There’s one more reason you can and start using Svelte right now, in any project. Svelte bundles stand-alone components, without including a framework script as a dependency. This can be hard to understand until you realize that Svelte is a compiler; it’s only a framework during the build process. Svelte compiles the code away, which means your end result are tiny and performant components, tiny processes designed to do exactly what you built them to do; no more, no less.

So what does this mean? Because the end result is so light and performant, you can bundle it with other projects, easily.

Have a huge app with lots of legacy code that needs replacing? Svelte is perfect for this. You can swap as you go and not worry about bundling some large 100k+ library to get all the features you need. You can swap out individual components, almost at no cost (or, in terms of legacy, less cost) than it would take to rebuild something from the ground up in a different framework with a bit more rigidity in how it lets you piece things together.

Using React or Vue already? No problem. Svelte fits right in. Just use Svelte as you normally would. You may find in time that you’ll want to completely replace another framework, but you’re not obligated to right off the bat, because Svelte just does what you want it to do, at the component level.

Essentially, because Svelte tried to work around the existing ecosystem, surprisingly, it fits very well into the existing ecosystem. At one level, coding in Svelte feels effortless. One feels powerful. It’s like playing with a complete set of some of the best legos in the world. And it’s almost like those legos already existed, because, well, those standards mostly already do.

Moscow in Winter from the Sparrow Hills — Ivan Aivazovsky
Moscow in Winter from the Sparrow Hills — Ivan Aivazovsky

Ground Truth

Originally I planned on writing a series of articles outlining additional top reasons for using Svelte. It’s such a well-designed library and ecosystem, there really is plenty to talk about. But since I first wrote this article, the community has since penned an official tutorial, which covers about all the ground you’d want to get going. You’ll note you can live-code in that tutorial, due to one of the best-kept secrets of the internet, the Svelte REPL.

In the meantime, in case I don’t get around to any other posts, here’s an easy five to draw from:

  1. As outlined above, Svelte is the framework that best meets the API of the web. It does it’s best to adhere to standard, and really only builds on what exists, doesn’t invent anything new like JSX.
  2. Along with point 1, because Svelte follows the web’s lead, learning Svelte is ridiculously easy. It takes no longer than 5 minutes to grok, and no longer than an hour or so to get fully up and running.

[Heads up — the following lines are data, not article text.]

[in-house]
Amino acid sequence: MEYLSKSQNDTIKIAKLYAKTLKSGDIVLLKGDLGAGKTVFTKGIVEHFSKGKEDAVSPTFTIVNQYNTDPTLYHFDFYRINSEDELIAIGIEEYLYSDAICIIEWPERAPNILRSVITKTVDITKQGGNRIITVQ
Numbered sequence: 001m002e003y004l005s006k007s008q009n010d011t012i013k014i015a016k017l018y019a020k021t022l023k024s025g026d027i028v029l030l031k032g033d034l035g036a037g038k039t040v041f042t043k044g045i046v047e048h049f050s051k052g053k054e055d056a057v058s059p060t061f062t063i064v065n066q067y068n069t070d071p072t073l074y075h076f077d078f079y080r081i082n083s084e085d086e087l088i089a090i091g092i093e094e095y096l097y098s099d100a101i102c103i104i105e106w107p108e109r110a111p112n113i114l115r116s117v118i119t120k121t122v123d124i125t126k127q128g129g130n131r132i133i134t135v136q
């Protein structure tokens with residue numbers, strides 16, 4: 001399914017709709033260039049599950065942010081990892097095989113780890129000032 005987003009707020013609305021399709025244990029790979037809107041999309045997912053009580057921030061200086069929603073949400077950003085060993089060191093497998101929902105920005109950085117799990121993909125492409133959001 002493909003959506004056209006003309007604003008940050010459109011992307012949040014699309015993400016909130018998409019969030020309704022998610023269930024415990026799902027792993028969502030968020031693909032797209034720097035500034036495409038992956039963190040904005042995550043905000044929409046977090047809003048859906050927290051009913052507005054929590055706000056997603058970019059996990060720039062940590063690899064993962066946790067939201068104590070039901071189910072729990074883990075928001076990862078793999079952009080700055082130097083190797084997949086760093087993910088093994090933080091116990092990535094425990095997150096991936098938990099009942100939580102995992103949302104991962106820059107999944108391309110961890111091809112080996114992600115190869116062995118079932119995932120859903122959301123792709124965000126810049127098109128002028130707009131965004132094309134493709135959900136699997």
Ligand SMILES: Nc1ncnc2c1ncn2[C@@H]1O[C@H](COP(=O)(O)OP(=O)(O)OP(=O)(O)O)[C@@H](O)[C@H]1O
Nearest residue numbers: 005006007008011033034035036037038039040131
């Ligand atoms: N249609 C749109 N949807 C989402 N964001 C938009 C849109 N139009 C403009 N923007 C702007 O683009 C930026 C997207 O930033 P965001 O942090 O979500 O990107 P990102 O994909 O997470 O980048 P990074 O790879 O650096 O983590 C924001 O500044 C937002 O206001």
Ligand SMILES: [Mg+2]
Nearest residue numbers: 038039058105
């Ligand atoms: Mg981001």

3. The performance is rock solid—Svelte is often beating out other frameworks on UI and JS speed. And it’s increasingly used in production on various popular and traction heavy sites.
  4. It’s the “disappearing framework.” This feature is probably Svelte’s greatest innovation, and every framework should (and many are trying to) adopt it. There are zero client-side dependencies. Zilch. None. Just the end JS of the component itself.
  5. Which means: drop in components—yes, it really can be used in any project! Now!

    …Did I say top 5 reasons? Here’s a few more to whet your appetite…

  6. Common to other prominent frameworks, Svelte enforces single-file components to help organize things.
  7. Out-of-the-box scoped styles. No need to ever worry again about chaotic cascading styles. Everything is scoped directly to the component.
  8. Svelte ditches legacy browsers, but also has a straightforward approach to handling legacy, if needed.
  9. Svelte’s mission is to prioritize the end user over the developer. This means, as mentioned above, everything is written in native HTML, CSS, and JavaScript. No weird mashups. In terms of ethics, the average HTML citizen (people who are not engineers, but still need to write code) can understand Svelte. This also means download sizes are massively reduced in both small and large projects, but, equally important:
  10. Because of keeping with existing standards, the developer experience is truly remarkable. The legos just fit.
  11. Svelte might be the only JavaScript framework to warn you when you’ve missed some accessibility standard. How? Because it’s a compiler, and can do a bunch of things that non-compiler frameworks can’t do.
  12. This one’s just a tease: Svelte might entirely change the WebGL terrain in the future. Want to know more? Come over to the Discord channel and ask, become involved, contribute, etc. etc.